Qualifying for SSD with Diabetes

Diabetes mellitus, commonly referred to as diabetes, may be inherited and is caused by an improper production and/or use of insulin in the body. Insulin is needed to turn sugar and other food into energy. If your body fails to produce and use insulin in the right way, it causes sugar to build up in the blood.

Thousands of conditions and illnesses can leave a person unable to work and eligible for Social Security Disability (SSD) benefits, but diabetes is one of the most common. If you are unable to work due to your body’s inability to produce and use insulin, you may qualify for SSD based on diabetes.

Types of Diabetes

Three common types of diabetes include:

  • Type 1 – This condition is the result of the body’s inability to create insulin.
  • Type 2 – This type of diabetes is often developed over time and occurs when the body cannot make or use insulin well.
  • Gestational – Pregnant women can sometimes develop diabetes as the fetus matures.

Type 1 diabetes is more likely to develop in children and young adults. Daily insulin injections are imperative to the survival of people suffering from Type 1 diabetes, as the pancreas produces little to no insulin on its own. Type 2 typically develops in middle-aged adults, but can appear in adolescents and young adults as well.

Social Security Disability Requirements for Diabetes

As diabetes affects the endocrine system, it is classified with other conditions that are caused by over- or under-production of hormones and result in structural or functional changes in the body.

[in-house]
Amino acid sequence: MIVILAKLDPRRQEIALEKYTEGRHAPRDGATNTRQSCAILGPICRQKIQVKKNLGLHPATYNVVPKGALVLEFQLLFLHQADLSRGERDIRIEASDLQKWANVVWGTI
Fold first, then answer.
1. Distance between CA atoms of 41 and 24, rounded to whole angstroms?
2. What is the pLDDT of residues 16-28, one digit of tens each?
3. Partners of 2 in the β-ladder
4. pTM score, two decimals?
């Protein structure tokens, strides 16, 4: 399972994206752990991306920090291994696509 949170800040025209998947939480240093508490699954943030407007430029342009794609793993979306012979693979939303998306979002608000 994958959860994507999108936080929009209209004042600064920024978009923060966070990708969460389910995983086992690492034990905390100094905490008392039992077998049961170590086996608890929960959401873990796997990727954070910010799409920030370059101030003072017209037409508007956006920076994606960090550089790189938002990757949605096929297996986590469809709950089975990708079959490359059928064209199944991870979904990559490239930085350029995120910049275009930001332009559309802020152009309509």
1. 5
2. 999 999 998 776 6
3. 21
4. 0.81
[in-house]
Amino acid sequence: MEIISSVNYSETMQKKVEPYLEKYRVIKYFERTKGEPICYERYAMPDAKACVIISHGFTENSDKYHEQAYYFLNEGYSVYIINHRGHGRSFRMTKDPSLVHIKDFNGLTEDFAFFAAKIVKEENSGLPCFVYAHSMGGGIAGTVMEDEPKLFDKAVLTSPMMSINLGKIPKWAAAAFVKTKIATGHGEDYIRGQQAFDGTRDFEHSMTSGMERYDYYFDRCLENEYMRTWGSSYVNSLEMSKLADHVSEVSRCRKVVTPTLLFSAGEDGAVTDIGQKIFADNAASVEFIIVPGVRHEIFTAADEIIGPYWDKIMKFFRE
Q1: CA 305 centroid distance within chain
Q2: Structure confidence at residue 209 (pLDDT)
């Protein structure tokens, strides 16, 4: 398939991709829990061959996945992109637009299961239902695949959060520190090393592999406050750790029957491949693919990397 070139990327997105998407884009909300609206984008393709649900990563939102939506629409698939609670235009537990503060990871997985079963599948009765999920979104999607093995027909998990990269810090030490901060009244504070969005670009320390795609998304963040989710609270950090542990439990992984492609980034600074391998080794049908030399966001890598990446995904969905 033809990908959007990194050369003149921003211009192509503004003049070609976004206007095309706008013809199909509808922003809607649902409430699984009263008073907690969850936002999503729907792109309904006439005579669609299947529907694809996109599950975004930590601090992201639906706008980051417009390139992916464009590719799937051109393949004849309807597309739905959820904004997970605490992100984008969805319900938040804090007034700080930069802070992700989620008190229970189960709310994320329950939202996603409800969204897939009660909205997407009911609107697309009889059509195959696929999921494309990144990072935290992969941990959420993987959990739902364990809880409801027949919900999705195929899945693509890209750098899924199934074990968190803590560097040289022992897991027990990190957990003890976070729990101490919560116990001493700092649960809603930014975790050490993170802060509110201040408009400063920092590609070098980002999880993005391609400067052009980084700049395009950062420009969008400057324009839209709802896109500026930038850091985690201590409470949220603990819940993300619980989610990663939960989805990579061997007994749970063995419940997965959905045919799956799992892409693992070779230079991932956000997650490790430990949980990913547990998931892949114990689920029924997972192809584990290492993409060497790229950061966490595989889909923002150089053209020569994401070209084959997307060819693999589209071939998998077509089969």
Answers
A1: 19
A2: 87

Diabetes is evaluated by the SSA using three categories of conditions:


  • What it is: nerve disorders caused by diabetes
  • How it is evaluated: by significant and persistent disorganization of motor function in two extremities resulting in long-term movement problems


  • What it is: acid build-up in the blood caused by low insulin
  • How it is evaluated: by occurring at least on the average of once every two months documented by appropriate blood chemical tests

Retinitis Proliferans

  • What it is: damage to the blood vessels at the back of the eye (retina)
  • How it is evaluated: by visual impairment examining the criteria for loss of visual acuity or efficiency.

Diabetes Awareness

Several campaigns were launched at the beginning of November to help raise awareness about the devastating effects diabetes disabilities can have on individuals. First, November was named National Diabetes Month, and Nov. 14, has been declared World Diabetes Day.

As part of the campaigns, the National Institute of Health is calling on all Americans to educate themselves on diabetes care and prevention.

We Can Help You Get SSD Benefits

Diabetes can range in severity, as some people can control it with lifestyle changes while others suffer from severe health complications. If your diabetes interferes with your ability to work and earn a living, you may be eligible to receive benefits from the SSA. However, the approval process is complex, and it can be difficult to get approved without an experienced Social Security Disability lawyer on your side.

If you’re suffering from diabetes, our team of Social Security Disability lawyers encourage you to get informed about your legal rights to compensation. We can help you better understand these rights by answering any questions you may have about your ability to qualify for Social Security Disability with diabetes. Call us today to discuss your case.


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